if we want to eventually support things like contact lists, calendaring, etc, this kind of structure may become especially useful. in that case, we may even want to deepen the structure and add beans like 'person' that represent a person, with a CMR field in a one-to-many relationship with the 'email-address' bean, for instance.

      this short note just scratches the surface of this topic, but i wanted to get some early feedback on it.

      mike

        • 1. Re: entity structure for stored messages
          Andrew Oliver Master

          agreed --- no need to paint bikesheds, and there are more pressing M1 issues as well.

          certainly with all persistence existing behind the 'org.jboss.mail.mailbox.Folder' interface, we can refactor anytime later without significant penalty; and if a future persistence architecture allows more flexibility (i.e., fine-grained entities), we could subclass 'Folder' interface to reflect that.



          • 2. Re: entity structure for stored messages
            Steve Lewis Expert

            +1

            If you are going to be using these headers individually, you might as well store them distinctively in the DB.

            Unless someone is going to write parse/unparse routines for the entire header as a string.

            Unless there's a really good reason to keep them all together, I think splitting them out would be a good idea.

            Steve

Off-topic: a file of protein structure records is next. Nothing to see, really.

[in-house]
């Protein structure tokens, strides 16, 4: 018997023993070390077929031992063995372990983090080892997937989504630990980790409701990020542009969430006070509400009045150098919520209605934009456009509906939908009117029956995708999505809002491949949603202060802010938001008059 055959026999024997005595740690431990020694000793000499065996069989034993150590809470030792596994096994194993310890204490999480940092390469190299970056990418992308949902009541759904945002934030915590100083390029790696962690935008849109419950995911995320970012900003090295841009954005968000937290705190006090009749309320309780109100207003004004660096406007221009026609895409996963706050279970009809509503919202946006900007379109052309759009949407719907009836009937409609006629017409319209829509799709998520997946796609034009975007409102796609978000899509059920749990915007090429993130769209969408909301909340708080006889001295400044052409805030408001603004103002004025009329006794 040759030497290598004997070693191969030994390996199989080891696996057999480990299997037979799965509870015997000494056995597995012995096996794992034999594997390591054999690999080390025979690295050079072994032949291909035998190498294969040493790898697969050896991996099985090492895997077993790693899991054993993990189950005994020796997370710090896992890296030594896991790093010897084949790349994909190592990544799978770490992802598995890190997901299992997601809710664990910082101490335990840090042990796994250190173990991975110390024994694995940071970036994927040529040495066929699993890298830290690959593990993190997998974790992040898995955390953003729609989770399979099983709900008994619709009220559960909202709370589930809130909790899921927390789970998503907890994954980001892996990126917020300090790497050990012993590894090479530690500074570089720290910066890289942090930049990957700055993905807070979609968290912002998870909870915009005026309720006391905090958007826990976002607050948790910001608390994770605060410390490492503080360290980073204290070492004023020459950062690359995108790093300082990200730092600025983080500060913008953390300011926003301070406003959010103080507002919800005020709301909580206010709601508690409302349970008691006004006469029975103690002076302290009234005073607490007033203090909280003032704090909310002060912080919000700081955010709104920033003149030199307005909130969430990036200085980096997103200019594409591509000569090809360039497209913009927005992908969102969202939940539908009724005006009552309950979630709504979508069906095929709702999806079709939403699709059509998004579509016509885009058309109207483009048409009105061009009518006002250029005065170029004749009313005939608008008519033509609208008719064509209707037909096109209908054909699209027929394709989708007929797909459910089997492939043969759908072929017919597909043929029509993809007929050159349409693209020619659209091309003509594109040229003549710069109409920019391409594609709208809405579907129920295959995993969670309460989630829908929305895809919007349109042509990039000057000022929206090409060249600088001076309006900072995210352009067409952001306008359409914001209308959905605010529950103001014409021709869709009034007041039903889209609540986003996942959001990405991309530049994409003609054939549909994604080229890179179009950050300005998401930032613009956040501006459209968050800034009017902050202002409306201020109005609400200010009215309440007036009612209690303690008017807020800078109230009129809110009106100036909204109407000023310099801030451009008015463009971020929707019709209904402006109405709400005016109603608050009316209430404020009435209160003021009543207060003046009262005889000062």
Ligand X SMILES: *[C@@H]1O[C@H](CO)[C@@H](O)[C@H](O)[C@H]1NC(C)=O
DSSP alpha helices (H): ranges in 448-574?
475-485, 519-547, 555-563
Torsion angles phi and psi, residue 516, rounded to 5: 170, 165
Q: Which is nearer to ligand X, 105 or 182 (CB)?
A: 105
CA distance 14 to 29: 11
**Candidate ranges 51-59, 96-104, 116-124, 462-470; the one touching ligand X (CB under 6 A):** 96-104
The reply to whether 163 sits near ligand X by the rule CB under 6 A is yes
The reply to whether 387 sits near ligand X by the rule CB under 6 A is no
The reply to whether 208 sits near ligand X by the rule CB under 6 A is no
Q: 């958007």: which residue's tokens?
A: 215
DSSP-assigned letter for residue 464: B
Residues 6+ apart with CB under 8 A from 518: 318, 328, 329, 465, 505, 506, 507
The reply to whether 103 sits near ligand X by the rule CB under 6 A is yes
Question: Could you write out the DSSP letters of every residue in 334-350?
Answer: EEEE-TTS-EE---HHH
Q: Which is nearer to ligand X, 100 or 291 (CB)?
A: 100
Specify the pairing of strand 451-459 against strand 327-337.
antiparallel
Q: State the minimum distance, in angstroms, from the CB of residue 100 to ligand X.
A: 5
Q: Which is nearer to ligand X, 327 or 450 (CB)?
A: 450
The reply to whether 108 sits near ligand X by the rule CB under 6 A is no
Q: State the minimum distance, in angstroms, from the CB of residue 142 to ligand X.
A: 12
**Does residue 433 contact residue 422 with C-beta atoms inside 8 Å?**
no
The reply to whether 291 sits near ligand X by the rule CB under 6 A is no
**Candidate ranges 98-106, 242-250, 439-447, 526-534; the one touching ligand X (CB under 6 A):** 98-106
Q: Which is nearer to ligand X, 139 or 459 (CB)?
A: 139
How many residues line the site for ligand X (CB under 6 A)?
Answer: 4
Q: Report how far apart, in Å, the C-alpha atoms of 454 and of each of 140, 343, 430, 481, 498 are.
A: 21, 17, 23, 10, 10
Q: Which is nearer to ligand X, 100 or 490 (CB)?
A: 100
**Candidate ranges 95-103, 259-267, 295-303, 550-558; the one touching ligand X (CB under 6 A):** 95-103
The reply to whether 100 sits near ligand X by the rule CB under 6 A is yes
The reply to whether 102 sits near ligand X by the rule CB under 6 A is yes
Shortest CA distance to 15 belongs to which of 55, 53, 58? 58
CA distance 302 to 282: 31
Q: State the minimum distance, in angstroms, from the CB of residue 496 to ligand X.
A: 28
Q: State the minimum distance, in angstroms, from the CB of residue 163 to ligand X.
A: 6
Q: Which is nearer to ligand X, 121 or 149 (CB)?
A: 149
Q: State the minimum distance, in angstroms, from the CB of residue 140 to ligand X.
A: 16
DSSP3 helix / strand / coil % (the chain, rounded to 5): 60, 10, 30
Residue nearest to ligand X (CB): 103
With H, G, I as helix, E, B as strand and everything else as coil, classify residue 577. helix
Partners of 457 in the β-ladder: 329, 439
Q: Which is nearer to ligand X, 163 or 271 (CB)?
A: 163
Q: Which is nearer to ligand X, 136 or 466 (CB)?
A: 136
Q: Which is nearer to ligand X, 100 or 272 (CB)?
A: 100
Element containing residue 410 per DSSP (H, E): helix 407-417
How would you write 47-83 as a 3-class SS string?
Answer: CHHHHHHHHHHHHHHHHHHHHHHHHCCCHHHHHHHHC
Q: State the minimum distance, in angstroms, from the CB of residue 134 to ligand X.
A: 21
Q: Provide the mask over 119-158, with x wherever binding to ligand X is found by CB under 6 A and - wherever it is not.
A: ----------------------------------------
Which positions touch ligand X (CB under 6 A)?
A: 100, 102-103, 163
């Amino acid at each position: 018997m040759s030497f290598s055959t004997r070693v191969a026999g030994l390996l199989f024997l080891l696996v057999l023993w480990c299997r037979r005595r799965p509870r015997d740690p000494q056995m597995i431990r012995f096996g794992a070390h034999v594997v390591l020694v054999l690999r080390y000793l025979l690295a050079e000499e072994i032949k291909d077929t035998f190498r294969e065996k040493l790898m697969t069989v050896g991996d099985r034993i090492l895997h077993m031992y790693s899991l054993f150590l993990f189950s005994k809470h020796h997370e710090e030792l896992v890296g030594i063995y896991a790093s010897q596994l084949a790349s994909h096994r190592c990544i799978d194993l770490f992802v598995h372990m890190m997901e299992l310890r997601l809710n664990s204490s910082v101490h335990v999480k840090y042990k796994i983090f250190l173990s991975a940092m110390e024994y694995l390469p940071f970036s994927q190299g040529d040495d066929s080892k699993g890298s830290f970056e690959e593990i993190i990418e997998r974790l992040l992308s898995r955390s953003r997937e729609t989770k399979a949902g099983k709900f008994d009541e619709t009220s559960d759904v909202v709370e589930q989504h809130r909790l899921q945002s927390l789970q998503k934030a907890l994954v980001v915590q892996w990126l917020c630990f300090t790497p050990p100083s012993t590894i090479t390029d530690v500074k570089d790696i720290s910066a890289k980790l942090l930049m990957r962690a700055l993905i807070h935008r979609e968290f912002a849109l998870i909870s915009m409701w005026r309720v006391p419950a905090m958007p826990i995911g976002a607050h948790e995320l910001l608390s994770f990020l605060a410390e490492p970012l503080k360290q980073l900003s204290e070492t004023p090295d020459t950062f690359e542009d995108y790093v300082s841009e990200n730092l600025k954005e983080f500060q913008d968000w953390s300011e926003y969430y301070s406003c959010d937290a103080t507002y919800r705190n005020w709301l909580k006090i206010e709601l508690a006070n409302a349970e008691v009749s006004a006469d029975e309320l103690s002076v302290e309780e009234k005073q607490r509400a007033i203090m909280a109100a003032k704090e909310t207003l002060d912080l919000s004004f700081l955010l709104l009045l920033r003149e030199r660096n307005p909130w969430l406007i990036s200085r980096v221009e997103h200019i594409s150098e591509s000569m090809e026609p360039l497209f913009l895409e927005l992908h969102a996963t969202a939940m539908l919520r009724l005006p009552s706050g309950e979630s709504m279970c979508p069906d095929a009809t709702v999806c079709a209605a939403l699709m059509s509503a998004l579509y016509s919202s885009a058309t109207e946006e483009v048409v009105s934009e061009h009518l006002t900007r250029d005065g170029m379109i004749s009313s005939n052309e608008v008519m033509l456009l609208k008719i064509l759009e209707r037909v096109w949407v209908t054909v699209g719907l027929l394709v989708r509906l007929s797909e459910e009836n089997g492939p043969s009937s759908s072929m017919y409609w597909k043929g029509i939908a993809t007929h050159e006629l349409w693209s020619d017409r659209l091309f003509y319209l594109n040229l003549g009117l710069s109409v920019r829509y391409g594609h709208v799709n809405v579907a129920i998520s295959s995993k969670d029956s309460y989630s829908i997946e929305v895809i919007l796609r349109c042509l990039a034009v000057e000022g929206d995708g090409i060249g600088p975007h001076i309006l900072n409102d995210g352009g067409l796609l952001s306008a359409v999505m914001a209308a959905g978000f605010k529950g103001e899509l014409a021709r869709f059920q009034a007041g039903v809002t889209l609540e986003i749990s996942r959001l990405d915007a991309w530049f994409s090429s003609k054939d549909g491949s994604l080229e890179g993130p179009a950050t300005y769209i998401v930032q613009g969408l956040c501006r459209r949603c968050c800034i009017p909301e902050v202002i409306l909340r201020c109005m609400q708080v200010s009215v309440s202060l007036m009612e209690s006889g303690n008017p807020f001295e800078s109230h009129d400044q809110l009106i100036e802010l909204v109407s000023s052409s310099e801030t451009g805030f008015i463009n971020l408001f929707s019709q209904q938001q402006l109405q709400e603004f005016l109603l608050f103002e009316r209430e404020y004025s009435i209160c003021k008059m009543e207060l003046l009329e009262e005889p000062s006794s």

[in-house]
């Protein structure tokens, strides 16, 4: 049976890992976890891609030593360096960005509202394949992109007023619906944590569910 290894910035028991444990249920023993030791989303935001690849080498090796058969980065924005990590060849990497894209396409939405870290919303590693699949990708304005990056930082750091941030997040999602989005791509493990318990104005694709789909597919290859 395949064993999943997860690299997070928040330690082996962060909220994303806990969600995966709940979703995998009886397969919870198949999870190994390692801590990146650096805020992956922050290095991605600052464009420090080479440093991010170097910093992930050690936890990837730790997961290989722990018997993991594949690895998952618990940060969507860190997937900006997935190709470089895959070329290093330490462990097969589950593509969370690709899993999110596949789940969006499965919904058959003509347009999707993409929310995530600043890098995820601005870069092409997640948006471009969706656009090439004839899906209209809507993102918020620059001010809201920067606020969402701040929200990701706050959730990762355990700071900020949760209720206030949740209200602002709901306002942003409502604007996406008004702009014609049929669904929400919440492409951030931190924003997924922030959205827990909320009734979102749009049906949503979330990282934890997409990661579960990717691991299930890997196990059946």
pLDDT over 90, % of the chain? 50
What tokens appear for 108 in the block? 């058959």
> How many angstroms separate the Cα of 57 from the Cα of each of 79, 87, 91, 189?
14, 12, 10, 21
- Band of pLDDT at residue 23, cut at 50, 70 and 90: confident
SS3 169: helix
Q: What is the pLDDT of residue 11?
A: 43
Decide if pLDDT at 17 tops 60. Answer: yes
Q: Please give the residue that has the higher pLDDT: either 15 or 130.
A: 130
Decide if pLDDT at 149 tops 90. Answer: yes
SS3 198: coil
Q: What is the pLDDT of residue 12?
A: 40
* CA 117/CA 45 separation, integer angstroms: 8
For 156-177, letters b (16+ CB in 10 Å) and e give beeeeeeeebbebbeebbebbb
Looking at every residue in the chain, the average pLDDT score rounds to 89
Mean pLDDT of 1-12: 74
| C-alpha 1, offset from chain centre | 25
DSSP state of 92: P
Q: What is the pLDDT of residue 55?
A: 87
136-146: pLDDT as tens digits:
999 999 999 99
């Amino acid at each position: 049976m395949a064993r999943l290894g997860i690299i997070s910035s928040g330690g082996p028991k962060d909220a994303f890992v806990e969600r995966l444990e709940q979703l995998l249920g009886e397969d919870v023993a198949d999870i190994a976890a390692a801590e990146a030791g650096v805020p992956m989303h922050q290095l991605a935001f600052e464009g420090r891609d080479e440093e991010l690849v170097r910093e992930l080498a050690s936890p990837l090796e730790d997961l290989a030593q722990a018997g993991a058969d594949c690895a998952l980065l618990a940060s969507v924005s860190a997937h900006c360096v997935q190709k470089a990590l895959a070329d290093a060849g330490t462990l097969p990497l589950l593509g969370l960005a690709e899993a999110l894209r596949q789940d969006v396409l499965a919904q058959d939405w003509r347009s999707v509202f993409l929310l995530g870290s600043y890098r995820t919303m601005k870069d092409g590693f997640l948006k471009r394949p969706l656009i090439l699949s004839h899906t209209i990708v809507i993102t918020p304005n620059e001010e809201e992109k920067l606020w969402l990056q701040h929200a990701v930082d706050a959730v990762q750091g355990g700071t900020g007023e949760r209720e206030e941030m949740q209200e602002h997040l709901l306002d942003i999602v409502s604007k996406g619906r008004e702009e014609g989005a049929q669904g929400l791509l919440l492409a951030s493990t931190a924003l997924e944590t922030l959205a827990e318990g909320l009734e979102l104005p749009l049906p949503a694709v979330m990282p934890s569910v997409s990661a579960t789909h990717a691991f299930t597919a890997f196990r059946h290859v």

• 3. Re: entity structure for stored messages
              Andrew Oliver Master

              Whatever you think makes sense, consider clustered caching issues as well in your design.

              • 4. Re: entity structure for stored messages
                Andrew Oliver Master

                I don't know that header-type makes sense because theoretically I could adhoc add X-GrandMasKitchen: as a header at whim...

                • 5. Re: entity structure for stored messages
                  mike andrews Newbie

                  the way i was imagining it, 'X-GrandMasKitchen' would automatically get created as a 'header entity bean' when first encountered.

                  but in any case, X-GrandMasKitchen has to get stored anyway --- either as ASCII in a raw message or otherwise, and so storing it in an entity bean just keeps the storage more structured --- precisely why folks like using relational databases (and by extension, j2ee/ejb).